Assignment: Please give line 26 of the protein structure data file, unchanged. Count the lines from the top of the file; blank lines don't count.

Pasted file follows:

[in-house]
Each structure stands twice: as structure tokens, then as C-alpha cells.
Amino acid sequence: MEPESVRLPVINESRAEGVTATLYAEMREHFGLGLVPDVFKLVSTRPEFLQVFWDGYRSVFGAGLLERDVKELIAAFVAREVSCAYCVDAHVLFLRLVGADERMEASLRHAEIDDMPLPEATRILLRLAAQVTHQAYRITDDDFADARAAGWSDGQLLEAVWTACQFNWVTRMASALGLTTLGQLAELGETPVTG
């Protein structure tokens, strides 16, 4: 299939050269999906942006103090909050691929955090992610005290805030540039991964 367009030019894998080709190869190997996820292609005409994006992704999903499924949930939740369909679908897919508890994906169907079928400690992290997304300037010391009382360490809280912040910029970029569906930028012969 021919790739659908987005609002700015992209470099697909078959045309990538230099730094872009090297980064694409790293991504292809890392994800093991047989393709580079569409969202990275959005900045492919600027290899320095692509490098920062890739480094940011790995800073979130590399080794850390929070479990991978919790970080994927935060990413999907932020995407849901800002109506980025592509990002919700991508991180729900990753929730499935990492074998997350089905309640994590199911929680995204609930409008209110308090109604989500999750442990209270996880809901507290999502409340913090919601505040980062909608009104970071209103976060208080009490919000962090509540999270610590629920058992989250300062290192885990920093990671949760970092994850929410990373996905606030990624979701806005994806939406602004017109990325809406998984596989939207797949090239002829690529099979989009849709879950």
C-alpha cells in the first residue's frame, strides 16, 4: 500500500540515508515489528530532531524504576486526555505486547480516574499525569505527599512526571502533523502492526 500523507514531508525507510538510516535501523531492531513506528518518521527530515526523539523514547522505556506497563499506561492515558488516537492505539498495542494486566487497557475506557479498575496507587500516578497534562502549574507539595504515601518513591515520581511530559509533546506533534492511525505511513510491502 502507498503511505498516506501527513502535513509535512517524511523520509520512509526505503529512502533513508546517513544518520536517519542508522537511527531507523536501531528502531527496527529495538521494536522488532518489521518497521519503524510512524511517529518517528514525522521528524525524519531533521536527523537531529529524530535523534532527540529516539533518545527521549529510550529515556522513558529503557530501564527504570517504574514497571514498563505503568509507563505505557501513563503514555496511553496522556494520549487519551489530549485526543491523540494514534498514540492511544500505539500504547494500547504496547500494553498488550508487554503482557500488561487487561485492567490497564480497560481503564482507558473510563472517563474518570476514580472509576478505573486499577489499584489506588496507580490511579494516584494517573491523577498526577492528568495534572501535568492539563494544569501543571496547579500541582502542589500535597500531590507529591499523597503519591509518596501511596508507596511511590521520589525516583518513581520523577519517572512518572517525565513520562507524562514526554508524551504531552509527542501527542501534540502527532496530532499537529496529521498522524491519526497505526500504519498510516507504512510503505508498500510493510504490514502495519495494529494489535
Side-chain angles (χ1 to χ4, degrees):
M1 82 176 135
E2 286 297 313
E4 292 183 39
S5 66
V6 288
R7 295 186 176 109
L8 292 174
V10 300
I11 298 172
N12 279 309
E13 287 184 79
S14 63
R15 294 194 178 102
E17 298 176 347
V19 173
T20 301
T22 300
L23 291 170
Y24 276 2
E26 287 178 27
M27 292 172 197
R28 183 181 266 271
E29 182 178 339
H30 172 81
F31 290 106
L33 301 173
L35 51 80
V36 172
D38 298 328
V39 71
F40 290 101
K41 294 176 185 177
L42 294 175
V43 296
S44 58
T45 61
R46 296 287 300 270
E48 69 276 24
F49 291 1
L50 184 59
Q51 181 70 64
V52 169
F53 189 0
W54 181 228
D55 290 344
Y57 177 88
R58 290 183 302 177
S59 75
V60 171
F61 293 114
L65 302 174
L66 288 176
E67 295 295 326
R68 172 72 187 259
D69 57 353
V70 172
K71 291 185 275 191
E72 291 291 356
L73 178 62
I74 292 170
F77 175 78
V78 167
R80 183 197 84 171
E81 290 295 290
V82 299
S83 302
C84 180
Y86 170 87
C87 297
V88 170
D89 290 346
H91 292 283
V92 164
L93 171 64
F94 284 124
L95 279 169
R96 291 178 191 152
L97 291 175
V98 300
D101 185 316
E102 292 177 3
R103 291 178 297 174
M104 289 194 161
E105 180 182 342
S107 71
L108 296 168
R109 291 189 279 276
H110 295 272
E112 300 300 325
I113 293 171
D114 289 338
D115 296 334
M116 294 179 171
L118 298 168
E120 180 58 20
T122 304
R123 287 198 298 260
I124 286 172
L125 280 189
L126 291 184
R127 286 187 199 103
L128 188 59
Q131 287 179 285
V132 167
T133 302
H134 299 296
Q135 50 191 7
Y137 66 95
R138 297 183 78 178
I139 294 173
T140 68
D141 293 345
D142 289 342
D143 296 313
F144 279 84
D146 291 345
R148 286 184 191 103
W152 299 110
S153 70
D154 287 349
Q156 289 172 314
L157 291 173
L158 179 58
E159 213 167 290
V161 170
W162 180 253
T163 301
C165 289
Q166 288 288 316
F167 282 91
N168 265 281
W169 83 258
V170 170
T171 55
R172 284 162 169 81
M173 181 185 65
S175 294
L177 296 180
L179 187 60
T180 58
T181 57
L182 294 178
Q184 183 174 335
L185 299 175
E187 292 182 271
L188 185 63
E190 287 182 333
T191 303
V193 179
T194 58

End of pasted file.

E26 287 178 27